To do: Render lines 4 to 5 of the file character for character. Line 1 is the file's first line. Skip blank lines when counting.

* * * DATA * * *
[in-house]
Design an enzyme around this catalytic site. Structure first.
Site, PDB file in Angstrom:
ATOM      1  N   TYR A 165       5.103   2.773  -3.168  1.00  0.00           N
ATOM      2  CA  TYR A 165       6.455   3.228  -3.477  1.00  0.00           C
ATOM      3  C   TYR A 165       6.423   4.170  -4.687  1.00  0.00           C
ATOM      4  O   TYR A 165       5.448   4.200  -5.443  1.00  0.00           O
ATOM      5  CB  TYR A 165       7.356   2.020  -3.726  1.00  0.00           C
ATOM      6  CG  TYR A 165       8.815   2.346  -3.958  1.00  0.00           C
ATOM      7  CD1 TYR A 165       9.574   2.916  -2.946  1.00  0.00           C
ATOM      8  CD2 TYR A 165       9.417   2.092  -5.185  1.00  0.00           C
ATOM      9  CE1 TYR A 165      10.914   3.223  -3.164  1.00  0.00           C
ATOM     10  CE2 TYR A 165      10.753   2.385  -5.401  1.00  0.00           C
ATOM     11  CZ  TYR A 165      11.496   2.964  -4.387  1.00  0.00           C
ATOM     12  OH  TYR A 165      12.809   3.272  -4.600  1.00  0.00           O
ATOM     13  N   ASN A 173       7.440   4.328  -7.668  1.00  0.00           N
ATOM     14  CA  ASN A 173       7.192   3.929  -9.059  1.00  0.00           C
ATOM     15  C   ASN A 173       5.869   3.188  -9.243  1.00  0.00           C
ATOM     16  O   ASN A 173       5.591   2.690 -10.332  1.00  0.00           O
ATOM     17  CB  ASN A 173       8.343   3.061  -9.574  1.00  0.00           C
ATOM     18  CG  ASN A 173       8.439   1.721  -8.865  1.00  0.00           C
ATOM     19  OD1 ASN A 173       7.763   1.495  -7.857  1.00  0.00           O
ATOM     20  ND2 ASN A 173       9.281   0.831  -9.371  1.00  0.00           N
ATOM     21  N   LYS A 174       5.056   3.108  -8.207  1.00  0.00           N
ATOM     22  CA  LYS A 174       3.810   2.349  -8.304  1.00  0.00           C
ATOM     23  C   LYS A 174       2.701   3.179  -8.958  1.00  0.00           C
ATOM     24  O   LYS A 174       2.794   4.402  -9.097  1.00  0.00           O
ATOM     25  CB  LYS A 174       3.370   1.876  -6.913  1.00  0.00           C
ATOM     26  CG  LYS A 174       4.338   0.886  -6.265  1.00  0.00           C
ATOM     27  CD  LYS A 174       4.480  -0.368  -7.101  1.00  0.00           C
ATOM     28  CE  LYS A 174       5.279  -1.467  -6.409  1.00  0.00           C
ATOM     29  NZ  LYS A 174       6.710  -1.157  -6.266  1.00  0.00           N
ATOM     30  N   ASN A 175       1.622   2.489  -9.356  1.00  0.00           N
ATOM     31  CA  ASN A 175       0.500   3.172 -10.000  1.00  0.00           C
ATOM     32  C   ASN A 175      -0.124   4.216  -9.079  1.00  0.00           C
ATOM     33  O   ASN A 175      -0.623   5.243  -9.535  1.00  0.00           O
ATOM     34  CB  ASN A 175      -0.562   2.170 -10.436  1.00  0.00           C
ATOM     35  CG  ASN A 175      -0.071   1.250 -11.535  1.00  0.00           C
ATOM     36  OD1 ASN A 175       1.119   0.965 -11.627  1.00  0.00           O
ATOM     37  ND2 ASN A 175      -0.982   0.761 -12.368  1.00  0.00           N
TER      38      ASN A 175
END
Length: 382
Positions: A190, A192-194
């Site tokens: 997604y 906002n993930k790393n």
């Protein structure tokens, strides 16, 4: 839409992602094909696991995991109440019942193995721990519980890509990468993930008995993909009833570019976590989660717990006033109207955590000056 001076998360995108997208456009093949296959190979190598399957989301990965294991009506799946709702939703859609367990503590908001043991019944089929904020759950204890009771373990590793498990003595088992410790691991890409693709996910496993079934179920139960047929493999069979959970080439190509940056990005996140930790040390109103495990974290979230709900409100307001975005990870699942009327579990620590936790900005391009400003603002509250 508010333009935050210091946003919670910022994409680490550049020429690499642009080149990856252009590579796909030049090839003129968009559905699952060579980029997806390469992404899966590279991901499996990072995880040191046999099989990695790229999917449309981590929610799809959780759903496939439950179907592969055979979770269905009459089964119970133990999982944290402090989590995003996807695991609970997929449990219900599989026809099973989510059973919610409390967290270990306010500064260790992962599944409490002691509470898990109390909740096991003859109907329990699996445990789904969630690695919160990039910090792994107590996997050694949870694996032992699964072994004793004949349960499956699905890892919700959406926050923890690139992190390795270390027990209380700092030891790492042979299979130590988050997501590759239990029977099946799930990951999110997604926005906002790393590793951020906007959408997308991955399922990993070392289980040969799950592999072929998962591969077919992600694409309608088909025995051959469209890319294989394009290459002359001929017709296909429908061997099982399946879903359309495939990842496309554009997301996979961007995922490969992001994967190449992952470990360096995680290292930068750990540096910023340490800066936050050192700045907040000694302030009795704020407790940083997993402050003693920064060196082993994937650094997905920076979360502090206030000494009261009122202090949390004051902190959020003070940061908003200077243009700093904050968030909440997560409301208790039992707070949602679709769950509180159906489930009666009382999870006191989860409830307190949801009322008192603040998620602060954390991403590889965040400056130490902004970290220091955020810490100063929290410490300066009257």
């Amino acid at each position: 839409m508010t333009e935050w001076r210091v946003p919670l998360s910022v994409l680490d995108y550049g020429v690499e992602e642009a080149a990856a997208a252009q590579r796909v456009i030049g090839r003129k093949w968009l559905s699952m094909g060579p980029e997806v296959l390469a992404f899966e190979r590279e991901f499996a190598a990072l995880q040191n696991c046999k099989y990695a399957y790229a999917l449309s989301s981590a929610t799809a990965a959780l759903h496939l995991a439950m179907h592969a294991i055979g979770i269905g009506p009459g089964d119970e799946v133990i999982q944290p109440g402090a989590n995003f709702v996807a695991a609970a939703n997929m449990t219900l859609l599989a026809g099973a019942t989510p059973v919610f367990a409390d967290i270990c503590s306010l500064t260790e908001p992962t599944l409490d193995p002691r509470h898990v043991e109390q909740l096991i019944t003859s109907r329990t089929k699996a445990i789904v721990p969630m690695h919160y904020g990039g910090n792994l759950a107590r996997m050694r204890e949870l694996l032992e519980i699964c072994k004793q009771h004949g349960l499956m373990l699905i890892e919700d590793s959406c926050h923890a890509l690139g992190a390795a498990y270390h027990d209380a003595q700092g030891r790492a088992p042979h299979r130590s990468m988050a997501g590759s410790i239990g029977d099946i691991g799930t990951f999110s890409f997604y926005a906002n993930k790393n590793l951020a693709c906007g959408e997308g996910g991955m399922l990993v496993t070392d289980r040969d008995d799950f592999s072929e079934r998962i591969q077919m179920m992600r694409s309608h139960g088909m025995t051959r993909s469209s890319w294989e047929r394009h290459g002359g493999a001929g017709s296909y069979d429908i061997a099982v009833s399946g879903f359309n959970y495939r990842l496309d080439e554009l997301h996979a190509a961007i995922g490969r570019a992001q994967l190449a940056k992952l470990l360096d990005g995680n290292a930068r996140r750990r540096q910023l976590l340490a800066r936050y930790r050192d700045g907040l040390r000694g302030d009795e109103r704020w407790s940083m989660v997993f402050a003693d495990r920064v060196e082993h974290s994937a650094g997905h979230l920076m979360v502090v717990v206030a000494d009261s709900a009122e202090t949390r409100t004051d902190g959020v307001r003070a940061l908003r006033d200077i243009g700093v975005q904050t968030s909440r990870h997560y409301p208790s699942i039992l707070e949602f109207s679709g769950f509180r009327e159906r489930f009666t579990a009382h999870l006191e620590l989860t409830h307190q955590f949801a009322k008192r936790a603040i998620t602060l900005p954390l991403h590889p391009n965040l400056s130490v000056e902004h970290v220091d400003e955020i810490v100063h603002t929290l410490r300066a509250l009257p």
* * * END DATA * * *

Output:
ATOM      1  N   TYR A 165       5.103   2.773  -3.168  1.00  0.00           N
ATOM      2  CA  TYR A 165       6.455   3.228  -3.477  1.00  0.00           C